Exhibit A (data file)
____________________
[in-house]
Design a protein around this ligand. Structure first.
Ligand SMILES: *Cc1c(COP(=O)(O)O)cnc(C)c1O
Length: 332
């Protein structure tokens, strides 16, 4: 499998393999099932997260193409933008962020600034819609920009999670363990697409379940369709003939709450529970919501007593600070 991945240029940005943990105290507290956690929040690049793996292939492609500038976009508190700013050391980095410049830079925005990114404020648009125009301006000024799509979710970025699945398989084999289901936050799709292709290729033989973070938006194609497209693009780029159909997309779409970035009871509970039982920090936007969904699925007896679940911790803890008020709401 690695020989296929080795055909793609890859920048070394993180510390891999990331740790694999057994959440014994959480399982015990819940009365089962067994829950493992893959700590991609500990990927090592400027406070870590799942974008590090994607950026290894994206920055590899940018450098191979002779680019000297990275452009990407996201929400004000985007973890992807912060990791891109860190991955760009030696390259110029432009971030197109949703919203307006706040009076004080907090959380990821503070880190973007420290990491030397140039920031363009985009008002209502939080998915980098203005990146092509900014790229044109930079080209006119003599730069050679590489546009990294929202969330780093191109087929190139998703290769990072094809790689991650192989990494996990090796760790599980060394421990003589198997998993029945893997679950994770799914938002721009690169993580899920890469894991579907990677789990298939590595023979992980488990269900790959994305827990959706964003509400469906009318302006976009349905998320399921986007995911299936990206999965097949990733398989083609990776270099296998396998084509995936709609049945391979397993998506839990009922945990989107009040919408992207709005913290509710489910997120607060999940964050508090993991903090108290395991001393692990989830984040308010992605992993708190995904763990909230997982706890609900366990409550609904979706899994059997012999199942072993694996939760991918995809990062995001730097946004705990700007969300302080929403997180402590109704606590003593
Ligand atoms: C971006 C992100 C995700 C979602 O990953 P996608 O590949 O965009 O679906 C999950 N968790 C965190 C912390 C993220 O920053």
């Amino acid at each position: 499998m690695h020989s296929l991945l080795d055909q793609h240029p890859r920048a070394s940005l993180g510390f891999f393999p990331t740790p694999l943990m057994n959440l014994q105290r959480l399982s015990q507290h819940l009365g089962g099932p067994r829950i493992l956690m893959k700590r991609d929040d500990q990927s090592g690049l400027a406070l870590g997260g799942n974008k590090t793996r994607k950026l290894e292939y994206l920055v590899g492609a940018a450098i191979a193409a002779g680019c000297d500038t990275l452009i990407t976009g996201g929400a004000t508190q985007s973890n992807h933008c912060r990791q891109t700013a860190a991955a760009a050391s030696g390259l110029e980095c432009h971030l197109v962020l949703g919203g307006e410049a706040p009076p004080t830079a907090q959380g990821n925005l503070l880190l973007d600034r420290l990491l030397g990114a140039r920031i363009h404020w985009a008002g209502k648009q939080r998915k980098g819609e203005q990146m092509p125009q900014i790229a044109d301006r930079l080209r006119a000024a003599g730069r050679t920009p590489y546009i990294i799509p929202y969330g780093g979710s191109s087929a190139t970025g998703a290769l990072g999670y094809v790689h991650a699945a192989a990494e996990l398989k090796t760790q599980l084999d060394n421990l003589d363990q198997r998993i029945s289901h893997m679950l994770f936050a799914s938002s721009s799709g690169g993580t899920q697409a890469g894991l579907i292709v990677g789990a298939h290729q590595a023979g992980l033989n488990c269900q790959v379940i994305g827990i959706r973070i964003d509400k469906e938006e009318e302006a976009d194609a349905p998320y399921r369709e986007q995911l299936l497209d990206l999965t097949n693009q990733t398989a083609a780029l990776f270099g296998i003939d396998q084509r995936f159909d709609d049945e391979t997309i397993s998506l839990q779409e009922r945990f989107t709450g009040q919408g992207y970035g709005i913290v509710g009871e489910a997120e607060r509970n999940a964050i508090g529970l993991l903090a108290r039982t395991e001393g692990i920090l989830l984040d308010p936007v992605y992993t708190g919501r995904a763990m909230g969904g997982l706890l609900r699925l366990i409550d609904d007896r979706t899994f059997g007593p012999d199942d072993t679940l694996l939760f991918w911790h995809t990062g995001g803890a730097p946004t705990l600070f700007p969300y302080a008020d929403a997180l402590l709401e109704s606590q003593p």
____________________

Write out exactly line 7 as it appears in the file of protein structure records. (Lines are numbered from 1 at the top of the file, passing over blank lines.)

């Amino acid at each position: 499998m690695h020989s296929l991945l080795d055909q793609h240029p890859r920048a070394s940005l993180g510390f891999f393999p990331t740790p694999l943990m057994n959440l014994q105290r959480l399982s015990q507290h819940l009365g089962g099932p067994r829950i493992l956690m893959k700590r991609d929040d500990q990927s090592g690049l400027a406070l870590g997260g799942n974008k590090t793996r994607k950026l290894e292939y994206l920055v590899g492609a940018a450098i191979a193409a002779g680019c000297d500038t990275l452009i990407t976009g996201g929400a004000t508190q985007s973890n992807h933008c912060r990791q891109t700013a860190a991955a760009a050391s030696g390259l110029e980095c432009h971030l197109v962020l949703g919203g307006e410049a706040p009076p004080t830079a907090q959380g990821n925005l503070l880190l973007d600034r420290l990491l030397g990114a140039r920031i363009h404020w985009a008002g209502k648009q939080r998915k980098g819609e203005q990146m092509p125009q900014i790229a044109d301006r930079l080209r006119a000024a003599g730069r050679t920009p590489y546009i990294i799509p929202y969330g780093g979710s191109s087929a190139t970025g998703a290769l990072g999670y094809v790689h991650a699945a192989a990494e996990l398989k090796t760790q599980l084999d060394n421990l003589d363990q198997r998993i029945s289901h893997m679950l994770f936050a799914s938002s721009s799709g690169g993580t899920q697409a890469g894991l579907i292709v990677g789990a298939h290729q590595a023979g992980l033989n488990c269900q790959v379940i994305g827990i959706r973070i964003d509400k469906e938006e009318e302006a976009d194609a349905p998320y399921r369709e986007q995911l299936l497209d990206l999965t097949n693009q990733t398989a083609a780029l990776f270099g296998i003939d396998q084509r995936f159909d709609d049945e391979t997309i397993s998506l839990q779409e009922r945990f989107t709450g009040q919408g992207y970035g709005i913290v509710g009871e489910a997120e607060r509970n999940a964050i508090g529970l993991l903090a108290r039982t395991e001393g692990i920090l989830l984040d308010p936007v992605y992993t708190g919501r995904a763990m909230g969904g997982l706890l609900r699925l366990i409550d609904d007896r979706t899994f059997g007593p012999d199942d072993t679940l694996l939760f991918w911790h995809t990062g995001g803890a730097p946004t705990l600070f700007p969300y302080a008020d929403a997180l402590l709401e109704s606590q003593p």